Raising a daughter is one of the most delightful and rewarding experiences anyone can hope for. Girls tend to be less active, less aggressive, and less mischievous than their male counterparts. Sure, they tend to be more emotional at times and can be bossy with their friends, but I'd take that any day over the alternative.
As wonderful and gratifying as it is raising a daughter, there comes a time when that lovable little girl transforms into a teenager. That's when the pleasure of raising a beautiful little girl suddenly turns into the anguish of raising a temperamental teenager. Many new issues arise during the teen years. Dating, driving, peer pressure and preparing for the future are just a few of the issues facing teens and their parents during the teen years.
Just how much make-up should a teenage girl be allowed to wear? Is it okay for a teen girl to wear clothes that might be considered provocative? Should a teen girl be allowed to date a boy that is more than two years older than her? What should her curfew be?
These are just a few of the issues that the parents of teenager girl are confronted with each day and the answers to each of these questions will vary considerably depending upon the personality, character, and maturity of the girl in question. There are many fourteen year old girls out there that demonstrate a higher level of responsibility and maturity than their eighteen year old counterparts yet aren't afforded the same privileges simply because of their lower age.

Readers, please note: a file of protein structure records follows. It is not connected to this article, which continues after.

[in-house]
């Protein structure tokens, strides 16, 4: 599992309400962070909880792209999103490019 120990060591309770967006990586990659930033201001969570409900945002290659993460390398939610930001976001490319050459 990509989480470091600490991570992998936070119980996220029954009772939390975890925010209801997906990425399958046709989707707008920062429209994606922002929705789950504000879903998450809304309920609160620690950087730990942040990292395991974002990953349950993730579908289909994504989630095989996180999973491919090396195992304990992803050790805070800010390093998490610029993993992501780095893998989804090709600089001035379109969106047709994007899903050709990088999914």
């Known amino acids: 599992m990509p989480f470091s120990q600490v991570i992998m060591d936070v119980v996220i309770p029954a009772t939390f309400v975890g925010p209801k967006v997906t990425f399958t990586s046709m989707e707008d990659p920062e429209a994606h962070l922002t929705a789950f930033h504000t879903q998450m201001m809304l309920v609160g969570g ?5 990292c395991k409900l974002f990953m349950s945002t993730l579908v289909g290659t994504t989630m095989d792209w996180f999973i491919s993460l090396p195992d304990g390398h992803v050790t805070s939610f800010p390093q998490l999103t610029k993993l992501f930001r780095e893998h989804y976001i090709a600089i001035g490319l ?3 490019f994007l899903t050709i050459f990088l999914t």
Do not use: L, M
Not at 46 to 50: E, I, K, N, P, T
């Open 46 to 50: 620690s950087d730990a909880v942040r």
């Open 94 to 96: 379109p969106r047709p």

As a parent, it is important to acknowledge and reward maturity, responsibility, and good character. This can sometimes be difficult, especially because parents tend to punish negative behavior more often than they reward positive behavior. Most parents, it seems, would rather ground their daughter for missing curfew by ten minutes instead of rewarding her with an extra fifteen minutes since she was responsible enough to come home on time during the previous two months. As a teen, I'd be a bit discouraged.
Here are a few ways to promote maturity, responsibility, and good character from your teen daughter:
|Notice and acknowledge these positive traits whenever possible.|
|Loosen up on restrictions when these positive qualities are demonstrated. |
|Avoid focusing so much on the negative behavior and try to focus more on the positive.|
|Make sure the consequence fits the behavior. Avoid giving major consequences for minor infractions.|
|Be a positive role model. You may not notice, but your teen daughter is watching you and learning a lot by doing so.|
|It's never too late to teach positive values and good character, though the sooner you begin the better. |
|Encourage your daughter to do volunteer work in the community. You might also want to get her involved in a pro-social club, group, or activity (even athletics). |
|Become connected to your teen. Spend time and develop a trusting rapport with her. |
|Talk to her about the issues that affect her: dating, driving, peer pressure, etc. Don't lecture her but instead provide her with useful advice, including your own personal experiences.|
|Talk, talk, talk! Find out what thoughts, concerns, hopes, and feelings are influencing your daughter each day.|
About the Author
Chris Theisen has written several articles about child and teen behavior and is the creator of The Parent Coach Plan, a comprehensive discipline plan for parents. His websites offer behavior contracts, behavior charts, and a wealth of information and advice related to parenting and discipline.